Jon Tasini writes:
In the summer of 2005, Goldman Sachs successfully extorted money from
, threatening to leave the city unless it received tax breaks and low-interest bonds. It did so in a fairly ugly way. Using the specter of September 11th as a club, the company pocketed an unbelievable deal: $1.65 billion in low-interest, triple-tax-exempt Liberty Bonds, enabling the firm to save as much as $9 million a year in financing costs, which would save Goldman about $250 million over the life of the bonds. If that wasn’t enough, the city also threw $115 million in sales and utility tax breaks at the company, in return for a commitment to maintain its headquarters in New York Lower Manhattanand employ more than 9,000 people through 2028; those breaks could rise to as much as $150 million if Goldman adds 4,000 new jobs by 2019.
So, here we are now: a company that is taking money out of my pocket and yours is setting aside $16.5 billion in cash to pay out as bonuses—an average pay day of $622,000 per worker. Of course, average really is misleading—the top dogs at the company will reap the big windfalls (CEO Lloyd Blankfein is reportedly in line to cash a check of up to $50 million), with the support staff probably getting a free Metro Card or maybe a nice holiday gift basket, at best.
Jon now brings in the punchline, tough it feels more like a punch in the gut than a laughing matter.
Why shouldn’t Goldman give some of that money back to the city, or the federal government (the low-interest Liberty Bonds are backed by the faith and credit of the feds)? Sure, some of the money will come back in tax revenues. But, why should a company that chooses to devote $16 billion to bonuses continue to be underwritten by the average person? Here’s the cruel irony:
’s residential real estate market is out of control, with the city increasingly becoming a place for the rich. Blankfein and his high-rollers will likely spend a huge chunk of their new riches to buy multi-million digs in the city, further pushing up prices and making housing even more unaffordable for millions of people—the very people who are paying taxes that are supporting the tax-breaks Goldman Sachs is enjoying so it can rake in even larger profits. New York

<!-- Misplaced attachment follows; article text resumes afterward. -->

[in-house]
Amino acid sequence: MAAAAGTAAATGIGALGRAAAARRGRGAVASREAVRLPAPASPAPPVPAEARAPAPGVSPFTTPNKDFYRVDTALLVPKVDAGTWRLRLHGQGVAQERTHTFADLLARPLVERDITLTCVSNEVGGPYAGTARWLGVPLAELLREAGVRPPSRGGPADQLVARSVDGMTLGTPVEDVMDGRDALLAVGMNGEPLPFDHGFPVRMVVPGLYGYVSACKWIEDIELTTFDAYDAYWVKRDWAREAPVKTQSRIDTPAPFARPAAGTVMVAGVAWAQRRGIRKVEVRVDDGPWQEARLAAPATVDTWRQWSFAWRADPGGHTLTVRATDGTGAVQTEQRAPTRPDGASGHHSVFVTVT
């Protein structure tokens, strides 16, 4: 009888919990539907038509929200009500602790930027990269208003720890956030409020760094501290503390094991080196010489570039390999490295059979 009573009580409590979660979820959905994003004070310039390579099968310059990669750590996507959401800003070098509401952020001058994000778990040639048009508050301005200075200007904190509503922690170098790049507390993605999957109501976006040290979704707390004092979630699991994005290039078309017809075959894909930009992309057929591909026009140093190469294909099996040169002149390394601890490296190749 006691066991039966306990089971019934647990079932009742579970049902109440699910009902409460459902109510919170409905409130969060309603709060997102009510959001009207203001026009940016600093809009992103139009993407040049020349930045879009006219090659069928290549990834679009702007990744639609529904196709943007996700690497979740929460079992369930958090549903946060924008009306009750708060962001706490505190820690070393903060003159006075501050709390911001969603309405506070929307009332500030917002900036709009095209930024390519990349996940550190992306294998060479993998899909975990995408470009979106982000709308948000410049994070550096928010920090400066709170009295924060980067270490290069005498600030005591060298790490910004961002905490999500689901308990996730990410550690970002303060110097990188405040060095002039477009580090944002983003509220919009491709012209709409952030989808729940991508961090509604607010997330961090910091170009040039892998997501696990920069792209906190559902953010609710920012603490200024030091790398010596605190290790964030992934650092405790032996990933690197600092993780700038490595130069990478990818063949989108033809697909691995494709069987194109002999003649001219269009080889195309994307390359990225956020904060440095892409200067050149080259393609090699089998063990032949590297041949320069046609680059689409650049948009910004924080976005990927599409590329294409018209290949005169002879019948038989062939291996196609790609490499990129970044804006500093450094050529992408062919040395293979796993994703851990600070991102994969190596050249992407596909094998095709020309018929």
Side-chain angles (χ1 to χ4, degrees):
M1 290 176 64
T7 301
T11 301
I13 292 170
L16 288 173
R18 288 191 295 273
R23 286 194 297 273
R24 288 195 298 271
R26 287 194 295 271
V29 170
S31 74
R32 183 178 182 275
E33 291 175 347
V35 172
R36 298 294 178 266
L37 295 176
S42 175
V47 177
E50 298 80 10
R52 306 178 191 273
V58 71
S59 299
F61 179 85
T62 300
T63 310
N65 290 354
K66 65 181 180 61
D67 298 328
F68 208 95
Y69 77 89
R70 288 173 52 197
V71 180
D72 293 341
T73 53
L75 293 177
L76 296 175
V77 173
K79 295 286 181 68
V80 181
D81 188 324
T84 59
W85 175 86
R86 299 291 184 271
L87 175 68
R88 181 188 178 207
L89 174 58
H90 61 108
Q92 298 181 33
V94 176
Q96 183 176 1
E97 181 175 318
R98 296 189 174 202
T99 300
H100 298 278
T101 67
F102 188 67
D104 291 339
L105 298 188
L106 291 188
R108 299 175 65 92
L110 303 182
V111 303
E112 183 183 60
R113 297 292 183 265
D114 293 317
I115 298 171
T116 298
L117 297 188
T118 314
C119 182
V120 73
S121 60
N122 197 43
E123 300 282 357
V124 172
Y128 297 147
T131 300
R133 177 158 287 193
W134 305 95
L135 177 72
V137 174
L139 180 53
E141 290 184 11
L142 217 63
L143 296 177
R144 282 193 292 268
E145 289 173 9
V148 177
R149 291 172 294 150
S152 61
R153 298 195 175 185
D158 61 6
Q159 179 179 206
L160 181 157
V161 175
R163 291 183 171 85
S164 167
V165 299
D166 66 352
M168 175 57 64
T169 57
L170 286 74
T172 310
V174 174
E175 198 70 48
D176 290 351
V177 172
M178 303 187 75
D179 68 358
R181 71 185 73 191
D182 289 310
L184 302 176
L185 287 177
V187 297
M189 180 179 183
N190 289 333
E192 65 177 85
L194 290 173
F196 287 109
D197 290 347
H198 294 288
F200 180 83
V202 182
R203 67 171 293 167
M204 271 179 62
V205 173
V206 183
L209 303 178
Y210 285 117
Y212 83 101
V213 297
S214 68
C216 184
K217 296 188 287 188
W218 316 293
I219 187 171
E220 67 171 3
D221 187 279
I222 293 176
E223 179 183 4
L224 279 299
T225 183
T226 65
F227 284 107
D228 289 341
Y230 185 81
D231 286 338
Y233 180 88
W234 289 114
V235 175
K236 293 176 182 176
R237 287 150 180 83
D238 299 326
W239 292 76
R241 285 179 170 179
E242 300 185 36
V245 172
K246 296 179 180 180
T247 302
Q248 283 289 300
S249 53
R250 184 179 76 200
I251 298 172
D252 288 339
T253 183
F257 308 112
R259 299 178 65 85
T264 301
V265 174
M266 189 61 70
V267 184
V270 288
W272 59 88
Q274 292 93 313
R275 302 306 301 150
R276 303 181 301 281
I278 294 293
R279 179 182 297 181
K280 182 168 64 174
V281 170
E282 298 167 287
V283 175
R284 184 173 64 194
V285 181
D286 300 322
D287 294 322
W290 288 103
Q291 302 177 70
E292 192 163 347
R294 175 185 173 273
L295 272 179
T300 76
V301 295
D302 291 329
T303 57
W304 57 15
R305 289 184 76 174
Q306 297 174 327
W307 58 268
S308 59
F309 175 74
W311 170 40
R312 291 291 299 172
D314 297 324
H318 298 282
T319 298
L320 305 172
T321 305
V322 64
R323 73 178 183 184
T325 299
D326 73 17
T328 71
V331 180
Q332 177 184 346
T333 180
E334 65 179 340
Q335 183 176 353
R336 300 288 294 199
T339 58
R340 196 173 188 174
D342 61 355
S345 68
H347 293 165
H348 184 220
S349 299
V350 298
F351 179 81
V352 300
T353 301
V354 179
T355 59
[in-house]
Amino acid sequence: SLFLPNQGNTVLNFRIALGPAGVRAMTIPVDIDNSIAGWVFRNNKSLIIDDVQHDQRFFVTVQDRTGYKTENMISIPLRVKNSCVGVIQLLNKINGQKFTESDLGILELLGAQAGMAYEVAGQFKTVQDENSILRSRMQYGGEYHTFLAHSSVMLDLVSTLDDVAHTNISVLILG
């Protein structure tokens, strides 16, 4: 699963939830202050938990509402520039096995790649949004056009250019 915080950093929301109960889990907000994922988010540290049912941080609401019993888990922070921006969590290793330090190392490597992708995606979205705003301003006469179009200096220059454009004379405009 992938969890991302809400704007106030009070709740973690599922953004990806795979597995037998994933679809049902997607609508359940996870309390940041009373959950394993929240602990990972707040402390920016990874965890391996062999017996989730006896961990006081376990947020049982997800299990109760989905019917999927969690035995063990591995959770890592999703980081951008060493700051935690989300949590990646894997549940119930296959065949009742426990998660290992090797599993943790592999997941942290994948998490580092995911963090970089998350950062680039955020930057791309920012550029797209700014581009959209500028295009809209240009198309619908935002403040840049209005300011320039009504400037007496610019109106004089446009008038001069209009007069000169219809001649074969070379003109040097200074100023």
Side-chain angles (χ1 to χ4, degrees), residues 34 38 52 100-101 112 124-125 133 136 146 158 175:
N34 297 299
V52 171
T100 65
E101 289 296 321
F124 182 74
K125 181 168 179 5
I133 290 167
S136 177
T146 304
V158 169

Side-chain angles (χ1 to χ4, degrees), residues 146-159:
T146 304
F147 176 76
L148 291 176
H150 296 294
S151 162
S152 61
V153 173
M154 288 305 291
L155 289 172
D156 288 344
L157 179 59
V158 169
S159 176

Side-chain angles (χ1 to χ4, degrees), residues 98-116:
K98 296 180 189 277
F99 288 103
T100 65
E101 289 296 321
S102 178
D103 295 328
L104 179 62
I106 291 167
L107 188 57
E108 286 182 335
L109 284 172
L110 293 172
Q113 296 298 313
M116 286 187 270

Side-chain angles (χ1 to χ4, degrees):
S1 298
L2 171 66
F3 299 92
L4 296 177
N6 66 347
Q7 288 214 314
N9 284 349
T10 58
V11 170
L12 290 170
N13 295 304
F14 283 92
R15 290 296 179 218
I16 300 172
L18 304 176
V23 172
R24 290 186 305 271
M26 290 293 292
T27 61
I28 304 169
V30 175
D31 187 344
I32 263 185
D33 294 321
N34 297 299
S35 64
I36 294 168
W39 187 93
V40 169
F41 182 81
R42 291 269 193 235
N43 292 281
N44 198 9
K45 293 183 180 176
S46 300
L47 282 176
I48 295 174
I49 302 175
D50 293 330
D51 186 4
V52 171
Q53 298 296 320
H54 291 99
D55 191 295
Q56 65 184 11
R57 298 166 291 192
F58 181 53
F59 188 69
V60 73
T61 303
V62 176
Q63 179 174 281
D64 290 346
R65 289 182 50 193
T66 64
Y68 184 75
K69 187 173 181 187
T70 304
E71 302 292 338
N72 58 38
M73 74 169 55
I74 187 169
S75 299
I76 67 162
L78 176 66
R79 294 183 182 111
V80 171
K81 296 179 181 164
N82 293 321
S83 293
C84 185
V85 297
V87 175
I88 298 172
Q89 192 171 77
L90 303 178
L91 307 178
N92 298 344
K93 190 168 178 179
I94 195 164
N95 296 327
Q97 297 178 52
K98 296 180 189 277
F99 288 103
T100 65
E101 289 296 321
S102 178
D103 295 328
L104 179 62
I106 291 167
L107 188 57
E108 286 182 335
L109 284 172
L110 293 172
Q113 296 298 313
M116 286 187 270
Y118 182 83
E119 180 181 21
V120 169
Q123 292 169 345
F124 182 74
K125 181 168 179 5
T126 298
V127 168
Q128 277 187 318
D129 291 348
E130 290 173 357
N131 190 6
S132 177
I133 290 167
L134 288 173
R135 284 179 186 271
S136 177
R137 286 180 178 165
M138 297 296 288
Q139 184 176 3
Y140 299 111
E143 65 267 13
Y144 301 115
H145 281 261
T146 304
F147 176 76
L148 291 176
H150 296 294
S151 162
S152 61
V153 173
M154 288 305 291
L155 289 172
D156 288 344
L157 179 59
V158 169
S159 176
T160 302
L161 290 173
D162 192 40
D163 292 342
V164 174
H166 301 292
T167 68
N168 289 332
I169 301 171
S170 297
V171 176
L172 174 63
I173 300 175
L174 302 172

Isn’t capitalism great?
If only Jon Tasini had been elected to the U.S. Congress rather than Hillary Clinton. Madame Hillary is up to her neck-fat in Goldman-Sachs campaign money and elbow rubbings, and neither she, nor they are part of any solution to
This is another example of how the notion of ‘free markets’ are a complete myth. Goldman-Sachs, who should be competitive enough to survive without tax breaks, brokers a deal with Bloomberg and leans on the taxpayers of NYC, who will now have to make up the difference. It’s not a ‘free’ market when larger companies bully access and take corporate welfare.
I wonder if the executives at Goldman-Sachs will be thanking New Yorkers for the big fat bonus checks. Somehow, I doubt such gratitude will even cross their greedy little minds, even as they watch, from the comfort of their penthouse apartments, the average person struggle along below in order to make ends meet.